Discovering L.S. Lowry

Lowry and the Painting of Modern Life

an exhibition at Tate Britain, London, June 25–October 20, 2013
Catalog of the exhibition by T.J. Clark and Anne M. Wagner
London: Tate Publishing, 224 pp., £24.99; £19.99 (paper)
schwartz_1-092613.jpg
Christie’s Images Ltd.
L.S.Lowry: A Footbridge, 21 x 17 inches, 1938

Aside from Francis Bacon, Lucian Freud, and David Hockney—and, possibly, Henry Moore (for viewers of a certain age) and Damien Hirst (if you have only recently been paying attention)—British art of the past hundred or so years is a dimly known terrain for American audiences. The very considerable figure of Walter Sickert, for instance, whose nudes, portraits, and scenes of people in rooms or in the theater have the heft and scope of Bonnard, his contemporary—and who could imbue all these kinds of images with a note of uneasiness that is unique to him—has never been seen in the United States in a representative showing. He remains a painter we discover on our own, even in London, where his pictures are rarely seen in number.

An even more exciting figure for viewers unfamiliar with British art—and one whose work, like Sickert’s, is not reliably much in evidence in London—is L.S. Lowry. A painter associated with the sites and people of England’s industrial North West, Lowry, who died in 1976 in his eighty-ninth year, is probably not known anywhere beyond his homeland, which is too bad in that he is a more invitingly strange and idiosyncratic artist than Sickert, Freud, and Hockney combined. He has long been a divisive and uncategorizable figure even for his viewers at home. It is a status that a large, overdue, and narrowly conceived exhibition currently at Tate Britain doesn’t really change.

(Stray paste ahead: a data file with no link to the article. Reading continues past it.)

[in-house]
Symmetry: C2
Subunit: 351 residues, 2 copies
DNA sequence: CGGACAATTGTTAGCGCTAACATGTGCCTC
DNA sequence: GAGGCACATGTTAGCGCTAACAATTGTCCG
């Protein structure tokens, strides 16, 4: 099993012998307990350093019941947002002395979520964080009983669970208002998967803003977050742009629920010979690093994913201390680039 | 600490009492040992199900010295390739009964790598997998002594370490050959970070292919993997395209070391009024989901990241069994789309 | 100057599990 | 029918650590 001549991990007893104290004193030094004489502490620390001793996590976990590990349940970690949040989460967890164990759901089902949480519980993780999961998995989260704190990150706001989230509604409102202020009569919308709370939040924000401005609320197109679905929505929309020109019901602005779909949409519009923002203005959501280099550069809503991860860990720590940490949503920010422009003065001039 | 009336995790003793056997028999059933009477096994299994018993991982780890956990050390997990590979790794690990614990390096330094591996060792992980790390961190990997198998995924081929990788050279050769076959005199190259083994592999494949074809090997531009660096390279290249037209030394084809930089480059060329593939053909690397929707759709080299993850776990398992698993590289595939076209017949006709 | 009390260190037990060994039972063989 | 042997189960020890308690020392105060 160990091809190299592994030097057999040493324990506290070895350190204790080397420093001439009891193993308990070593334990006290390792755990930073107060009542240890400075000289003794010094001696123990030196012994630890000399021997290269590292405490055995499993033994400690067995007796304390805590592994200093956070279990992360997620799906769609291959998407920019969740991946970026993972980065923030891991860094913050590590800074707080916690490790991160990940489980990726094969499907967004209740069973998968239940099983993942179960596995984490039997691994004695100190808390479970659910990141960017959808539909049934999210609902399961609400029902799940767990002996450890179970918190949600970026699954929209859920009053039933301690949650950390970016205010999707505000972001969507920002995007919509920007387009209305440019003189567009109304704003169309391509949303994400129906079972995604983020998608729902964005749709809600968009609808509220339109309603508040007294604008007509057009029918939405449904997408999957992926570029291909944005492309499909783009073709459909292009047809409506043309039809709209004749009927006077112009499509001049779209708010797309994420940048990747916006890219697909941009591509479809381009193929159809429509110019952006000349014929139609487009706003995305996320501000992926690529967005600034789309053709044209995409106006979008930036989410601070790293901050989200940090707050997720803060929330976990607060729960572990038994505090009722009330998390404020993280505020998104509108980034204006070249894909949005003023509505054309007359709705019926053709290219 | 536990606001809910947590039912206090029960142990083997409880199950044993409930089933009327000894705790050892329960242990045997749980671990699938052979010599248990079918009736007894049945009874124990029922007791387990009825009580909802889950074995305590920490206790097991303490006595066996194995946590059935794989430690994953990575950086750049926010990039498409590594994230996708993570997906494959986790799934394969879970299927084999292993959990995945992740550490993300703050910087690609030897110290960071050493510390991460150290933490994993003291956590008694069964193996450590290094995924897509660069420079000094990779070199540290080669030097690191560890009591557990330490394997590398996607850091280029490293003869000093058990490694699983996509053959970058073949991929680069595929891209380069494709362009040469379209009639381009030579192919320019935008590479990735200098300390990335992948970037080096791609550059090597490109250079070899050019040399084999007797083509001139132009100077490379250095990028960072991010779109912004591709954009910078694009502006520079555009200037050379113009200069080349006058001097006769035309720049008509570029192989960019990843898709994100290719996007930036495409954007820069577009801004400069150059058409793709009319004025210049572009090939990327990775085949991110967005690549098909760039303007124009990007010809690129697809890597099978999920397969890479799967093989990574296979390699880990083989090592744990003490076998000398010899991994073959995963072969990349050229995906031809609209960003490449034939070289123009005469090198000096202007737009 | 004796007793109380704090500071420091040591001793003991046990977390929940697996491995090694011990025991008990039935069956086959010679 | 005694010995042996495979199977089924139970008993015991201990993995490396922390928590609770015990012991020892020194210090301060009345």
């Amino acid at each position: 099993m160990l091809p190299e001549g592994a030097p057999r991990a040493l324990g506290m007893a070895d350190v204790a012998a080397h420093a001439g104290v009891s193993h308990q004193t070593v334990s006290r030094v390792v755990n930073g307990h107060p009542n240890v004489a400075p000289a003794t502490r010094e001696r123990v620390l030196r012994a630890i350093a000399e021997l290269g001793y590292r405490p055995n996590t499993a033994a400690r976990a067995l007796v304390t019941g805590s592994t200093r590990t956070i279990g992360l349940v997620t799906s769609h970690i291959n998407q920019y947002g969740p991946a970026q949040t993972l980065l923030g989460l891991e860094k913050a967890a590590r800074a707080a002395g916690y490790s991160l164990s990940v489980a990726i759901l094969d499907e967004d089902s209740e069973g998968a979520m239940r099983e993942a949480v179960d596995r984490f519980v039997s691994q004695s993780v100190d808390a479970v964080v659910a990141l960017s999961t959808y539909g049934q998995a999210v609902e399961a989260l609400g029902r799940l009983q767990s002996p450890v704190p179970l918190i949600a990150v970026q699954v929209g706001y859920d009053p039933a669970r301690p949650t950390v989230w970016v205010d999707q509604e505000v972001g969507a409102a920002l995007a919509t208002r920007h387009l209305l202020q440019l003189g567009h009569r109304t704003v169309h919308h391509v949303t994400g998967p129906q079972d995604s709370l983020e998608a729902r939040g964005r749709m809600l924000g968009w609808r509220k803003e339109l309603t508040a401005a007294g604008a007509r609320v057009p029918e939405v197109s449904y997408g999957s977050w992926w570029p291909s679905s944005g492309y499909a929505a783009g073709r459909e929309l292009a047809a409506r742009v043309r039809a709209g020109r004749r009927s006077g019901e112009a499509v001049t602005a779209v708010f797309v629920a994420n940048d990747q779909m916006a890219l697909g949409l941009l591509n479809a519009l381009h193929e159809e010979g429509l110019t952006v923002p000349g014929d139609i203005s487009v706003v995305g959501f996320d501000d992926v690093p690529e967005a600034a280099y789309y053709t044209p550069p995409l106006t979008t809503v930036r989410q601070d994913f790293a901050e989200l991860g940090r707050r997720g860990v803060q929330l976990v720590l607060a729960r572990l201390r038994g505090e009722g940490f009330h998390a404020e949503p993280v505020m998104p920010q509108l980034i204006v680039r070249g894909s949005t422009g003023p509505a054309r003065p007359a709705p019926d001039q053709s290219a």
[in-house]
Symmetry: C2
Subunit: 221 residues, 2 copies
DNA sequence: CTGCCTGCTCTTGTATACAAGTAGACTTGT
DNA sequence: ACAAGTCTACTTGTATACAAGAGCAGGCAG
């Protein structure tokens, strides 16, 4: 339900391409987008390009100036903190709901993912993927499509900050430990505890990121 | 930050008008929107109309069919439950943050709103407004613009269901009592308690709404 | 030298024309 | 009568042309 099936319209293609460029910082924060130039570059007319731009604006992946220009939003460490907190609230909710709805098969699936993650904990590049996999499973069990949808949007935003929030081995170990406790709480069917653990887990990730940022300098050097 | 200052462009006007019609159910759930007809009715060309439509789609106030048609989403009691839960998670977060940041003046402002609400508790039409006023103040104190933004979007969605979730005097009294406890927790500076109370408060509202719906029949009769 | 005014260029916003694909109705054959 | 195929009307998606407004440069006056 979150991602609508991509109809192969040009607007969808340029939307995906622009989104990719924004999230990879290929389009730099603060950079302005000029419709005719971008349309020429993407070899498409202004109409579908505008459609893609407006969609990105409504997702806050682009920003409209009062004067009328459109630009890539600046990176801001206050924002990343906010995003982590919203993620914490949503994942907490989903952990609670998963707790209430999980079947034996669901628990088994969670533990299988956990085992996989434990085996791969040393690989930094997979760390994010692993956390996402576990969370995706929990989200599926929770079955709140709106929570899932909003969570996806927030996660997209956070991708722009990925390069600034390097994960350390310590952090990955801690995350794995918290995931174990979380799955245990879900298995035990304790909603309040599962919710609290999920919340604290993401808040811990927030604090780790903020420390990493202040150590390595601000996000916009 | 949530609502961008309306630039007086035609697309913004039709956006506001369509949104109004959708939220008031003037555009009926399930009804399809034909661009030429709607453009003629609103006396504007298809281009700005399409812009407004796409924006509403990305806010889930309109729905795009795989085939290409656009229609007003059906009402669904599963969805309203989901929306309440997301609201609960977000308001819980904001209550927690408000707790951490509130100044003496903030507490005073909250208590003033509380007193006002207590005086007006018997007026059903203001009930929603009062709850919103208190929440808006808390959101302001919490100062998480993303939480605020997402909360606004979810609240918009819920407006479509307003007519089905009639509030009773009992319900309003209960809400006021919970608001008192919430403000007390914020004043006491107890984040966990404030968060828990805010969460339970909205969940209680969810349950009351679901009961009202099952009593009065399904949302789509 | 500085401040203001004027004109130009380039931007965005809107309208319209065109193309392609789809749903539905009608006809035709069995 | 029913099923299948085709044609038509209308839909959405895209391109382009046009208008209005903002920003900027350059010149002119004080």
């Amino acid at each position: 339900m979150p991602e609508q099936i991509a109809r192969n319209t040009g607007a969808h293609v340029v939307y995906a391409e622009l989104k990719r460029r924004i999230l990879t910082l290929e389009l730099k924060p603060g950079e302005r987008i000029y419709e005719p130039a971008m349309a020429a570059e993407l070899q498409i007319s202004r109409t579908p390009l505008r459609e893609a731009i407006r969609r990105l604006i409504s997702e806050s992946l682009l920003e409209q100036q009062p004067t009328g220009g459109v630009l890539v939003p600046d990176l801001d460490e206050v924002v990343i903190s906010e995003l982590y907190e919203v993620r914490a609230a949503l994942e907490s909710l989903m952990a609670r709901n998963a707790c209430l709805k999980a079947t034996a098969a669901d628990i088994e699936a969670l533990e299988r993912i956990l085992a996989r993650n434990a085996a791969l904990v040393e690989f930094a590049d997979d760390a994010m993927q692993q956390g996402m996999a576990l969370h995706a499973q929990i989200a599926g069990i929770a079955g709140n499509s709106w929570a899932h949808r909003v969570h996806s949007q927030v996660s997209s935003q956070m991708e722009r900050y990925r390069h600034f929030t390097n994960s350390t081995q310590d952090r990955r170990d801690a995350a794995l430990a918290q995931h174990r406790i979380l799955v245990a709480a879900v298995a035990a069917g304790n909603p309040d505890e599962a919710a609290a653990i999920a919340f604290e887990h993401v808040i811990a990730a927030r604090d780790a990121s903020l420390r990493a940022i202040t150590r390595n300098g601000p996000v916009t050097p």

A native of Manchester who spent his life in the region, Lowry was, remarkably, Britain’s only visual artist to make industrial Lancashire, with its factories and smoke-belching chimneys and crowded streets, his or her predominant subject. Even more remarkable is how he went about it. He had a special feeling for the graphic weights and balances in a picture, and while he was often dealing with material that, especially in the 1920s and 1930s, was on the face of it unpromising, even dismal, his pictures are treats of linear inventiveness.

In paintings that show factories, shops, city parks, and fairs, and are generally marked by scores of small standing or walking figures, Lowry can seem like the chronicler of a community. He might present masses of people heading for or returning from a shift at a mill. His subject could be the moment when people congregate on the street to see who will be taken into the “fever van” that has pulled up to one of the attached (and tiny) houses nearby. He paints as well the widespread depredations of industrialization. He can show an industrial vista that has at its center a vast pool of water that is undoubtedly stagnant and is home to half-submerged boats and little islands of, we assume, chemical waste.

Yet Lowry’s aim was not to reveal the monotony of working-class lives or the ravages of factory production. Temperamentally, he was a conservative …

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